Facebook users dial 911 over social network outage

August 1, 2014, 8:38 PM UTC
Photograph by Andrew Harrer — Bloomberg via Getty Images

When Facebook crashes, what’s a disgruntled user to do? For some, it means calling the authorities, apparently.

Such was the case on Friday morning when the popular social network suffered its second brief outage in two months. Some users in Los Angeles, after getting an error message, called 911, prompting L.A. County Sheriff sergeant Burton Brink to shoot off the following tweet:

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According to Sgt. Brink, the Crescenta Valley Station in La Crescenta, Calif. has received “several” calls from dissatisfied Facebook users seeking a solution, although the exact number of phone-in complaints had not be tallied as of press time.

“We get phone calls all the time, whether it be Facebook going down, people getting wrong orders at fast food restaurants, or their cable TV went out,” Sgt. Brink told Fortune. “But with Facebook in particular, we get calls probably because it’s such a widely-used thing.” Of his now-viral tweet, Sgt. Brink explains it was largely done to prevent more people from calling about the problem.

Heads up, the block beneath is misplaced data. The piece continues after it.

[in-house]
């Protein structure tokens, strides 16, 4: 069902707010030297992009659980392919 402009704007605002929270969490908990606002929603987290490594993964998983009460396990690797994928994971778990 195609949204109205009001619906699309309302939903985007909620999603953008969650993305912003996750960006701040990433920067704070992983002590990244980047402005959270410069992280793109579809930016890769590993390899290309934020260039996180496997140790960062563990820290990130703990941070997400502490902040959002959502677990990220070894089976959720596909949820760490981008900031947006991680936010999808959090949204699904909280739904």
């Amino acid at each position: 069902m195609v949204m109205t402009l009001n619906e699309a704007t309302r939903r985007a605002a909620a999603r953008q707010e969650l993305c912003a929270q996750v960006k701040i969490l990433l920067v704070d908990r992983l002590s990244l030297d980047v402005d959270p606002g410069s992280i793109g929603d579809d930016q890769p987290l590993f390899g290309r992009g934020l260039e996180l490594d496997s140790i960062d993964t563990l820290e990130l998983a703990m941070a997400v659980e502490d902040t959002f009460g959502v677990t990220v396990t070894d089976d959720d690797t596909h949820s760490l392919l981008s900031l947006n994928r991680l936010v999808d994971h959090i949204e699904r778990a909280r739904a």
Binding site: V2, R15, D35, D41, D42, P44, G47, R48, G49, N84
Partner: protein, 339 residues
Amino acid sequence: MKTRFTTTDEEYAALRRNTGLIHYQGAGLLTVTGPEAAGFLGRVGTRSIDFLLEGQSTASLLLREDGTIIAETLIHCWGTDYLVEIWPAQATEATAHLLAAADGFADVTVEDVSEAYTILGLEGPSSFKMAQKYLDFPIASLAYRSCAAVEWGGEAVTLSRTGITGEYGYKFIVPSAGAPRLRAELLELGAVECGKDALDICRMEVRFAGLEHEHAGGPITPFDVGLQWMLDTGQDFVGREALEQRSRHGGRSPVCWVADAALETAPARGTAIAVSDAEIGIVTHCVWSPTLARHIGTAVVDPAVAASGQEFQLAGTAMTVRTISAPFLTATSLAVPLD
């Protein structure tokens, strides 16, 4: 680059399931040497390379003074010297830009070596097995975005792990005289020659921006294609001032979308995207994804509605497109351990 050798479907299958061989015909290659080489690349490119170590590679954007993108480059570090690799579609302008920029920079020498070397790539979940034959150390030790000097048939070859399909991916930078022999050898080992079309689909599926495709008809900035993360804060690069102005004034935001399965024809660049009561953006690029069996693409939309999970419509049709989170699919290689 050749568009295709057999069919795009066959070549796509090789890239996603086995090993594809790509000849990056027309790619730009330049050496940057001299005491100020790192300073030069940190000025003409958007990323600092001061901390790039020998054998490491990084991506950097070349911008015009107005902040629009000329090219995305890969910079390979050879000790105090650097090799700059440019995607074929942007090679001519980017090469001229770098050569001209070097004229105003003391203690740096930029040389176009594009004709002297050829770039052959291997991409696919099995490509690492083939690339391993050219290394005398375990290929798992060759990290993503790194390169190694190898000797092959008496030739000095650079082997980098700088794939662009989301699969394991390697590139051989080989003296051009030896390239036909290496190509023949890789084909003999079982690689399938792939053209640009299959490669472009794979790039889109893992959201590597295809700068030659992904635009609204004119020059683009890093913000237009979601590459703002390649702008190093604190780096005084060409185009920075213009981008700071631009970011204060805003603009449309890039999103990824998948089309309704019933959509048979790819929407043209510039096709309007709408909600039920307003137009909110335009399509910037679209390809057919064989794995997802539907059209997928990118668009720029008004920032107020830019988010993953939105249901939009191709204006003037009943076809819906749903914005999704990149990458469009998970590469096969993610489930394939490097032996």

That Facebook’s (FB) outage – which impacted just some of its users – prompted some people to dial 911 in a panic is comical, obviously, but the chain-of-events also speaks to the sheer ubiquity of the social network itself. Since its founding in 2004, Facebook has evolved into the second-most popular Internet destination in the world, with over 1.3 billion users logging in monthly — second only to Google.